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Angulo v. Bunnell

filed*fn*: December 17, 1991.


Appeal from the United States District Court for the Central District of California. James M. Ideman, District Judge, Presiding. D.C. No. CV-90-5911-JMI.

Before: Pregerson, Canby, and Rymer, Circuit Judges


Antonio Angulo was convicted in state superior court of second degree murder and attempted murder and now appeals the district court's denial of his habeas corpus petition. Angulo claims his due process right to a fair trial was violated by prosecutorial misconduct during examination of witnesses and closing argument. Angulo also claims that reversible error occurred when the trial court failed to instruct the jury on the lesser included offense of involuntary manslaughter. Because the prosecutorial misconduct does not rise to the level of a due process violation, and because the failure to instruct on the lesser included offense does not in this case comprise a constitutional violation, we affirm.


Whether prosecutorial misconduct rises to the level of a due process violation warranting habeas relief is a legal question reviewed de novo. See Zimmerlee v. Keeney, 831 F.2d 183, 185 (9th Cir. 1987), cert. denied, 487 U.S. 1207 (1988). Factual findings of the district court are presumed correct unless clearly erroneous. Carter v. McCarthy, 806 F.2d 1373, 1375 (9th Cir. 1986), cert. denied, 484 U.S. 870 (1987).

Prosecutorial misconduct constitutes a due process violation only if it is "of sufficient significance to result in the denial of the defendant's right to a fair trial." Greer v. Miller, 483 U.S. 756, 765 (1987) (quoting United States v. Bagley, 473 U.S. 667, 676 (1985)). But the scope of review in this case is "the narrow one of due process, and not the broad exercise of supervisory power that [a federal court of appeals] would possess in regard to [its] own trial court." Donnelly v. DeChristoforo, 416 U.S. 637, 642 (1974) (quoting DeChristoforo v. Donnelly, 473 F.2d 1236, 1238 (1st Cir. 1973)). The misconduct is reviewed in light "of the entire trial," id. at 639, with relief granted only if the misconduct "by itself . . . infected the trial with unfairness." Id. at 643. We turn to Angulo's specific claims.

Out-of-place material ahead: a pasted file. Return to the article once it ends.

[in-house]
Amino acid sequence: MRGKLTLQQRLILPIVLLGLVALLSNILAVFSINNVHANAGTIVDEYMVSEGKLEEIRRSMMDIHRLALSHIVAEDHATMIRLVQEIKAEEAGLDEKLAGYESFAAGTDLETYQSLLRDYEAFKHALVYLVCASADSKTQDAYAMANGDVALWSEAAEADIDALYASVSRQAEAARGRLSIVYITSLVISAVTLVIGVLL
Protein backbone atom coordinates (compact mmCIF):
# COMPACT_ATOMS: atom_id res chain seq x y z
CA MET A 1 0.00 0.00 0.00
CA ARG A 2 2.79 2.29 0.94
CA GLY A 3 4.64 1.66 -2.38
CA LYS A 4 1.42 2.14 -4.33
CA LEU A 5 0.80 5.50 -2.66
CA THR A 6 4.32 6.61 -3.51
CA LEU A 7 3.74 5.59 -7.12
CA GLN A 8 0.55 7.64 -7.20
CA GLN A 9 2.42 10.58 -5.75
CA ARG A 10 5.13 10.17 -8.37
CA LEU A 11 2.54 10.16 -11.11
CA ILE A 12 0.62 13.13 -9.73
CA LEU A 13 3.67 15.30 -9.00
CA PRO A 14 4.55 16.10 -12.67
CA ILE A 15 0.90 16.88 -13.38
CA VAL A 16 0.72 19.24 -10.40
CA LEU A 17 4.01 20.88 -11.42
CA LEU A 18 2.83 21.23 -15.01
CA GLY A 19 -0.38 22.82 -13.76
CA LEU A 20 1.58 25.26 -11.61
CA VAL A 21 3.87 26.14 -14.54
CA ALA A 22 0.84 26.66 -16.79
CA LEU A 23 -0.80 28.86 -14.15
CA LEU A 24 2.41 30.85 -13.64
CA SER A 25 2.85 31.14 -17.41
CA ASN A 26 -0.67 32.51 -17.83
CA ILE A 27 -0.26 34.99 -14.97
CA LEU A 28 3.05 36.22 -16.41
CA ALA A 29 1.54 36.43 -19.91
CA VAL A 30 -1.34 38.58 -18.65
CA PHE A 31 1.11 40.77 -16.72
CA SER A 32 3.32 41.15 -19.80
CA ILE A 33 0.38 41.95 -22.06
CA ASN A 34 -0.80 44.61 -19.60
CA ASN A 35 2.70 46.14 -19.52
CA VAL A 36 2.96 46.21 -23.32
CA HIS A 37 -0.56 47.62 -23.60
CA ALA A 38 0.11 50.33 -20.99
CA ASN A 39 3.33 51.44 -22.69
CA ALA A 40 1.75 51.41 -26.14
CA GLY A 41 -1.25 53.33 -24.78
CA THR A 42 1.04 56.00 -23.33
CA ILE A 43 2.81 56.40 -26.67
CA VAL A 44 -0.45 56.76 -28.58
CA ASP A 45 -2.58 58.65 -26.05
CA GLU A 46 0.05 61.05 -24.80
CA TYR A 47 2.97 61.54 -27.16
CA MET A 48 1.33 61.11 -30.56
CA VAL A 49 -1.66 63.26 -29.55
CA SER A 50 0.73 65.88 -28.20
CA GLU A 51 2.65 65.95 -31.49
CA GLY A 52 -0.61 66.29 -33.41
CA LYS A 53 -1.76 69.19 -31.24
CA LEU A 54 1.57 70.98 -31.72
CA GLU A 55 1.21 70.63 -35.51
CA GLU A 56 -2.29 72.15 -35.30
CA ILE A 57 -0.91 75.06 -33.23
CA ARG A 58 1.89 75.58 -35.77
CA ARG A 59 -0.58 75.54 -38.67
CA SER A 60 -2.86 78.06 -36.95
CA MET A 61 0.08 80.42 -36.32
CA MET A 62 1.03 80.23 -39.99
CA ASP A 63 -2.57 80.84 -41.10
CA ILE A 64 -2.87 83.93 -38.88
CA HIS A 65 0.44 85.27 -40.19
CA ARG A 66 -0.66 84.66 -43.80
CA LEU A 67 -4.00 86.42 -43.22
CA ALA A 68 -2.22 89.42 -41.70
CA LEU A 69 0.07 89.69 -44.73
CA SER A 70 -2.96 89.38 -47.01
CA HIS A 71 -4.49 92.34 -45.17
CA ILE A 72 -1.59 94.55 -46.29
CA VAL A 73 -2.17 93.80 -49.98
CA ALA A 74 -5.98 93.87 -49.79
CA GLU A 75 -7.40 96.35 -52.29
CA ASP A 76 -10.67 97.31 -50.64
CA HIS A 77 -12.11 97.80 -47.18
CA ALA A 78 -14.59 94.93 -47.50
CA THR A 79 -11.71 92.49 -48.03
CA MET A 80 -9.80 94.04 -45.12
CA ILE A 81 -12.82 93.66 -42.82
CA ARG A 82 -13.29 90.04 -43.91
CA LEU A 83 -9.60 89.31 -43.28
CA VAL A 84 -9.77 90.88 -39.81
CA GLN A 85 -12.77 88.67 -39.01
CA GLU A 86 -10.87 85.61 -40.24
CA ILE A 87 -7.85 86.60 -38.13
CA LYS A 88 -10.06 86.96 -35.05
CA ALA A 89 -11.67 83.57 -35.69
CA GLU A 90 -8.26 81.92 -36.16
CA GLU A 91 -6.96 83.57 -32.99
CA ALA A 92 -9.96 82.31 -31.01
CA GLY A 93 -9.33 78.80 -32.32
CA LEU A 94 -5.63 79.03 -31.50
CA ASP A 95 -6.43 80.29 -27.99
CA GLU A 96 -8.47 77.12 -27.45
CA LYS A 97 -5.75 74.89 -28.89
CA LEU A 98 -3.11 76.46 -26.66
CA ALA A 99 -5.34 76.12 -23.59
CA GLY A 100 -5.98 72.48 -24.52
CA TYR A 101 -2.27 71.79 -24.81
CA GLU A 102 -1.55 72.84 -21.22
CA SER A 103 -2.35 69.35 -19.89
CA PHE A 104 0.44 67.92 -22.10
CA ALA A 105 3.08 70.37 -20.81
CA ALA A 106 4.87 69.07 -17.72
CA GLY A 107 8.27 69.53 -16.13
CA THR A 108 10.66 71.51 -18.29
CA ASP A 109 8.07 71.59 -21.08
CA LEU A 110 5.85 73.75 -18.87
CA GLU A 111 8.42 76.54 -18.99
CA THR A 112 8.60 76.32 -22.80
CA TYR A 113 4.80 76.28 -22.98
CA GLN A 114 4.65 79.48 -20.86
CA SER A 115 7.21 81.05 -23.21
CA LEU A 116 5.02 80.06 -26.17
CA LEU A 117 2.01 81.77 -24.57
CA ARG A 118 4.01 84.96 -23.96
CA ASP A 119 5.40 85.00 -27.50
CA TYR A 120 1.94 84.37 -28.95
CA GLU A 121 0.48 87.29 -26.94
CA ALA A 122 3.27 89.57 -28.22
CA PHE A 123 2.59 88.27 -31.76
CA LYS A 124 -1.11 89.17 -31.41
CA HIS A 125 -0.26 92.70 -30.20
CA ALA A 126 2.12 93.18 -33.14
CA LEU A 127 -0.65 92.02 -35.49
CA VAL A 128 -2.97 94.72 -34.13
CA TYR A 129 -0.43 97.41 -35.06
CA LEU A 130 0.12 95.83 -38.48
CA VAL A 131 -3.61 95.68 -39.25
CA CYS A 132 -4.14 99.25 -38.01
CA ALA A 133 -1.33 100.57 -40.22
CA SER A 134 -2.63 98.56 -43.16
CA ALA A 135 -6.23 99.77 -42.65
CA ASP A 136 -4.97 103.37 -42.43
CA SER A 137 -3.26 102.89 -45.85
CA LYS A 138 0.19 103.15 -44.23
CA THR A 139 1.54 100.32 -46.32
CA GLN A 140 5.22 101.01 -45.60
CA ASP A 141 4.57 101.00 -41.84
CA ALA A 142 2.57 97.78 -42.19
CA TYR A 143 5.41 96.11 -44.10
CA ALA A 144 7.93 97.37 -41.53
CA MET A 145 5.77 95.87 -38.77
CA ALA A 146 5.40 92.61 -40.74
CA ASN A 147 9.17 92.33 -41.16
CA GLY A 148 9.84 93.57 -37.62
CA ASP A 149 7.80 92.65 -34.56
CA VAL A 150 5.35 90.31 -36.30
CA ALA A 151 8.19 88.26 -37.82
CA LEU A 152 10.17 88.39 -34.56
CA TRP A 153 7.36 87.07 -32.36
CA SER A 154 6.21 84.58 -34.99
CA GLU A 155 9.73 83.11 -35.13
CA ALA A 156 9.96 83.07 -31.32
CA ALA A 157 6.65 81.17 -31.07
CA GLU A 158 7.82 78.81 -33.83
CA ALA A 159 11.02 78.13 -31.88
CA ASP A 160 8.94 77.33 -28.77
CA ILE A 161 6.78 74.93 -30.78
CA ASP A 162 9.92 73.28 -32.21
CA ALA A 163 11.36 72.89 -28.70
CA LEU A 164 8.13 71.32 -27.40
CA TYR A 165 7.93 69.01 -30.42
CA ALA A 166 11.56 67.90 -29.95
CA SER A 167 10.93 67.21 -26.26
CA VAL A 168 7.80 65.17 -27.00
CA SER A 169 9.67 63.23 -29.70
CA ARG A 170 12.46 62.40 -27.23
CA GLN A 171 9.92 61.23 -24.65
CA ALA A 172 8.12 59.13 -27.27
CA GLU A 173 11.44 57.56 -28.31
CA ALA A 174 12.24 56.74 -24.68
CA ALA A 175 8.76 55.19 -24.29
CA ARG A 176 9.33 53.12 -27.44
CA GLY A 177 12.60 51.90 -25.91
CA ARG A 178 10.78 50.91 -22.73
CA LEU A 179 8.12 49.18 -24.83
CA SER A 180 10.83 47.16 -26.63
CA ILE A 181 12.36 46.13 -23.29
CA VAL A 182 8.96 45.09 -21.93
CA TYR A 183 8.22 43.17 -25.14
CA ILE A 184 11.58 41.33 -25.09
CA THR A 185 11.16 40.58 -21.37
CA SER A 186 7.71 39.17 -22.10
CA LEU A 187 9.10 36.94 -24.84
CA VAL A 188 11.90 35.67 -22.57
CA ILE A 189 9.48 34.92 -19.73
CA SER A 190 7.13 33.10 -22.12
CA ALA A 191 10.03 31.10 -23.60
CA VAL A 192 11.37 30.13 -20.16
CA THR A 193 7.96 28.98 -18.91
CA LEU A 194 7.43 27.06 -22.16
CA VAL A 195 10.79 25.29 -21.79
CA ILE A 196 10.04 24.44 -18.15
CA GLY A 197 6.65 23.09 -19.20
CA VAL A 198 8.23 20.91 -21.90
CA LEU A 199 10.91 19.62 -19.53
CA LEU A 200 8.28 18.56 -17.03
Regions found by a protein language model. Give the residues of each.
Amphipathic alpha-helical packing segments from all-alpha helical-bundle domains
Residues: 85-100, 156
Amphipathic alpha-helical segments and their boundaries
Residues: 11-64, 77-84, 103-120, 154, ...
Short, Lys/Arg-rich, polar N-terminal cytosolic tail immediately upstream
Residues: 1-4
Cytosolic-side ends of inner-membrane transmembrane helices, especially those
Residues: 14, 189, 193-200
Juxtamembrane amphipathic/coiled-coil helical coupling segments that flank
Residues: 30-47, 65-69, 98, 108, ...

Possession of Shotguns. Angulo claims the jury was prejudiced when the prosecutor asked Angulo's wife, in violation of a pretrial order excluding evidence about a shotgun found at Angulo's house, whether her husband had more than one gun in the house. The court sustained an objection and rejected the prosecution's offer of proof. The question, while improper in light of the pretrial order, did not directly refer to a shotgun. It did not so infect the trial with unfairness as to make the conviction a denial of due process; and, because the question was not answered and the objection was sustained, it was harmless error. See Greer, 483 U.S. at 765-66 (harmless error rule applies to habeas claims of prosecutorial misconduct).

Target Shooting. Angulo's wife testified that she once accompanied her husband into the mountains for a round of target shooting. The prosecutor then asked her a series of questions about her knowledge of her husband's target shooting. The defense objected, and the court instructed the prosecutor to change subjects, but the prosecutor then asked her whether Angulo was familiar with shotguns. The court denied a motion for a mistrial, but instructed the prosecutor that any further questions about shotguns and target shooting would be improper.

While the extent of this questioning may have been inappropriate, the immediate trial context surrounding the questioning is a significant factor in deciding whether a due process violation occurred. See Greer, 483 U.S. at 765-66. Here, the witness opened up the subject of gun use by describing her personal knowledge of her husband's familiarity with guns. Furthermore, evidence of target shooting and other gun usage by Angulo was relevant to prove that the shootings in this case were not accidental. See Cal. Evid. Code § 1101. Finally, the trial court rebuked the prosecutor in the presence of the jury, saying that his suggestion that Angulo had guns all over the house was "not the case at all." In light of the context surrounding the prosecution's questions, we do not think Angulo's right to a fair trial was fundamentally compromised. See Greer, 483 U.S. at 765-66.